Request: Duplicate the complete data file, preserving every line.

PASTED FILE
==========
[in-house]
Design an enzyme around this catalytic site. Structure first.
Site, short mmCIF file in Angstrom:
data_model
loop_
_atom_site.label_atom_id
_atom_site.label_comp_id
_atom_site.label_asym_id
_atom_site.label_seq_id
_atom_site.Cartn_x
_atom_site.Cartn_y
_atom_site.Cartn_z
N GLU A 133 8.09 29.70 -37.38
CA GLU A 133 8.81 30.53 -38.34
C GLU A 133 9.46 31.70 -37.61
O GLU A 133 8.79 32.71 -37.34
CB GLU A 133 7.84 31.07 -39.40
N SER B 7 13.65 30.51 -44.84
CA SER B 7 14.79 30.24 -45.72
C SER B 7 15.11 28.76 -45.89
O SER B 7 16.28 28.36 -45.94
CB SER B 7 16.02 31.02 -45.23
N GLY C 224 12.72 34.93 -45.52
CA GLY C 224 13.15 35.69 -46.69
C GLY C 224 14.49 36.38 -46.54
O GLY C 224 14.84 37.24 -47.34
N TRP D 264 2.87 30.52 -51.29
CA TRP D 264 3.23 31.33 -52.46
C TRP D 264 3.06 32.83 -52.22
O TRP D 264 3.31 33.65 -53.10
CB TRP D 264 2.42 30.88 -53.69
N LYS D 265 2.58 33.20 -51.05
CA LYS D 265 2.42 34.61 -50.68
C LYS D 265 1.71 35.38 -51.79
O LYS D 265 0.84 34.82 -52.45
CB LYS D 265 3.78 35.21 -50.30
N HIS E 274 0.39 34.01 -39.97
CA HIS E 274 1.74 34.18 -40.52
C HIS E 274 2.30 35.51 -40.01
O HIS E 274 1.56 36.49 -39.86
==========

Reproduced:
[in-house]
Design an enzyme around this catalytic site. Structure first.
Site, short mmCIF file in Angstrom:
data_model
loop_
_atom_site.label_atom_id
_atom_site.label_comp_id
_atom_site.label_asym_id
_atom_site.label_seq_id
_atom_site.Cartn_x
_atom_site.Cartn_y
_atom_site.Cartn_z
N GLU A 133 8.09 29.70 -37.38
CA GLU A 133 8.81 30.53 -38.34
C GLU A 133 9.46 31.70 -37.61
O GLU A 133 8.79 32.71 -37.34
CB GLU A 133 7.84 31.07 -39.40
N SER B 7 13.65 30.51 -44.84
CA SER B 7 14.79 30.24 -45.72
C SER B 7 15.11 28.76 -45.89
O SER B 7 16.28 28.36 -45.94
CB SER B 7 16.02 31.02 -45.23
N GLY C 224 12.72 34.93 -45.52
CA GLY C 224 13.15 35.69 -46.69
C GLY C 224 14.49 36.38 -46.54
O GLY C 224 14.84 37.24 -47.34
N TRP D 264 2.87 30.52 -51.29
CA TRP D 264 3.23 31.33 -52.46
C TRP D 264 3.06 32.83 -52.22
O TRP D 264 3.31 33.65 -53.10
CB TRP D 264 2.42 30.88 -53.69
N LYS D 265 2.58 33.20 -51.05
CA LYS D 265 2.42 34.61 -50.68
C LYS D 265 1.71 35.38 -51.79
O LYS D 265 0.84 34.82 -52.45
CB LYS D 265 3.78 35.21 -50.30
N HIS E 274 0.39 34.01 -39.97
CA HIS E 274 1.74 34.18 -40.52
C HIS E 274 2.30 35.51 -40.01
O HIS E 274 1.56 36.49 -39.86